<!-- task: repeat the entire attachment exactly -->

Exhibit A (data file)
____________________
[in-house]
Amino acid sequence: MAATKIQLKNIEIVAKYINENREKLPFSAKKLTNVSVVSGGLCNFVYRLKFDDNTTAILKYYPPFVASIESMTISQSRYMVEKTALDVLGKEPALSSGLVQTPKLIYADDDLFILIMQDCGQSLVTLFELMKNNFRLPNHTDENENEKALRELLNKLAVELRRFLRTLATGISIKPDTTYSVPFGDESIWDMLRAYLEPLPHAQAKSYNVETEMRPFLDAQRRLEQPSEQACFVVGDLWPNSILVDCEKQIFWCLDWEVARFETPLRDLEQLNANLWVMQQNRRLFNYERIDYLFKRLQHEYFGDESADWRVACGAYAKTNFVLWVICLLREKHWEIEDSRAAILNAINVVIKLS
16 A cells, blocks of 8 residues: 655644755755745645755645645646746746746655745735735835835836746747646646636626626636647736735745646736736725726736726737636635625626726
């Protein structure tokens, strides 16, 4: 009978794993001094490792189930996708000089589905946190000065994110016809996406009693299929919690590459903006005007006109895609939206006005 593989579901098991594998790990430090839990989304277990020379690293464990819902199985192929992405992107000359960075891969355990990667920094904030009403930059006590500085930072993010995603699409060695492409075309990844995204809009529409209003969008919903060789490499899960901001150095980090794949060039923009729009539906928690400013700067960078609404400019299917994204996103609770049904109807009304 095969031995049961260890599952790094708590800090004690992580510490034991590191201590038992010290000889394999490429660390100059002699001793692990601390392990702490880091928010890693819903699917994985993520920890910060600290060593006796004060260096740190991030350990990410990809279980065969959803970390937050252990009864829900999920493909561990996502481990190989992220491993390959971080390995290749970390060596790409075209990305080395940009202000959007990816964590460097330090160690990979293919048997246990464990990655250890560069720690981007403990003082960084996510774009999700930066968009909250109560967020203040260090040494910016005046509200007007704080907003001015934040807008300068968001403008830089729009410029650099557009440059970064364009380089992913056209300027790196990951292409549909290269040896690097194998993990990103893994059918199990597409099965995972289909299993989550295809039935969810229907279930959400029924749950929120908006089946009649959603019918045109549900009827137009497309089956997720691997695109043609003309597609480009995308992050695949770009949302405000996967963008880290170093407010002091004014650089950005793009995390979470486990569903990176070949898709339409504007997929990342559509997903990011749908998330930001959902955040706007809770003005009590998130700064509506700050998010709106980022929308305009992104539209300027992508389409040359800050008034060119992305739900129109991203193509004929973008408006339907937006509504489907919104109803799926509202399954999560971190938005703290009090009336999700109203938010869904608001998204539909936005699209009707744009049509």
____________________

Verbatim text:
[in-house]
Amino acid sequence: MAATKIQLKNIEIVAKYINENREKLPFSAKKLTNVSVVSGGLCNFVYRLKFDDNTTAILKYYPPFVASIESMTISQSRYMVEKTALDVLGKEPALSSGLVQTPKLIYADDDLFILIMQDCGQSLVTLFELMKNNFRLPNHTDENENEKALRELLNKLAVELRRFLRTLATGISIKPDTTYSVPFGDESIWDMLRAYLEPLPHAQAKSYNVETEMRPFLDAQRRLEQPSEQACFVVGDLWPNSILVDCEKQIFWCLDWEVARFETPLRDLEQLNANLWVMQQNRRLFNYERIDYLFKRLQHEYFGDESADWRVACGAYAKTNFVLWVICLLREKHWEIEDSRAAILNAINVVIKLS
16 A cells, blocks of 8 residues: 655644755755745645755645645646746746746655745735735835835836746747646646636626626636647736735745646736736725726736726737636635625626726
């Protein structure tokens, strides 16, 4: 009978794993001094490792189930996708000089589905946190000065994110016809996406009693299929919690590459903006005007006109895609939206006005 593989579901098991594998790990430090839990989304277990020379690293464990819902199985192929992405992107000359960075891969355990990667920094904030009403930059006590500085930072993010995603699409060695492409075309990844995204809009529409209003969008919903060789490499899960901001150095980090794949060039923009729009539906928690400013700067960078609404400019299917994204996103609770049904109807009304 095969031995049961260890599952790094708590800090004690992580510490034991590191201590038992010290000889394999490429660390100059002699001793692990601390392990702490880091928010890693819903699917994985993520920890910060600290060593006796004060260096740190991030350990990410990809279980065969959803970390937050252990009864829900999920493909561990996502481990190989992220491993390959971080390995290749970390060596790409075209990305080395940009202000959007990816964590460097330090160690990979293919048997246990464990990655250890560069720690981007403990003082960084996510774009999700930066968009909250109560967020203040260090040494910016005046509200007007704080907003001015934040807008300068968001403008830089729009410029650099557009440059970064364009380089992913056209300027790196990951292409549909290269040896690097194998993990990103893994059918199990597409099965995972289909299993989550295809039935969810229907279930959400029924749950929120908006089946009649959603019918045109549900009827137009497309089956997720691997695109043609003309597609480009995308992050695949770009949302405000996967963008880290170093407010002091004014650089950005793009995390979470486990569903990176070949898709339409504007997929990342559509997903990011749908998330930001959902955040706007809770003005009590998130700064509506700050998010709106980022929308305009992104539209300027992508389409040359800050008034060119992305739900129109991203193509004929973008408006339907937006509504489907919104109803799926509202399954999560971190938005703290009090009336999700109203938010869904608001998204539909936005699209009707744009049509």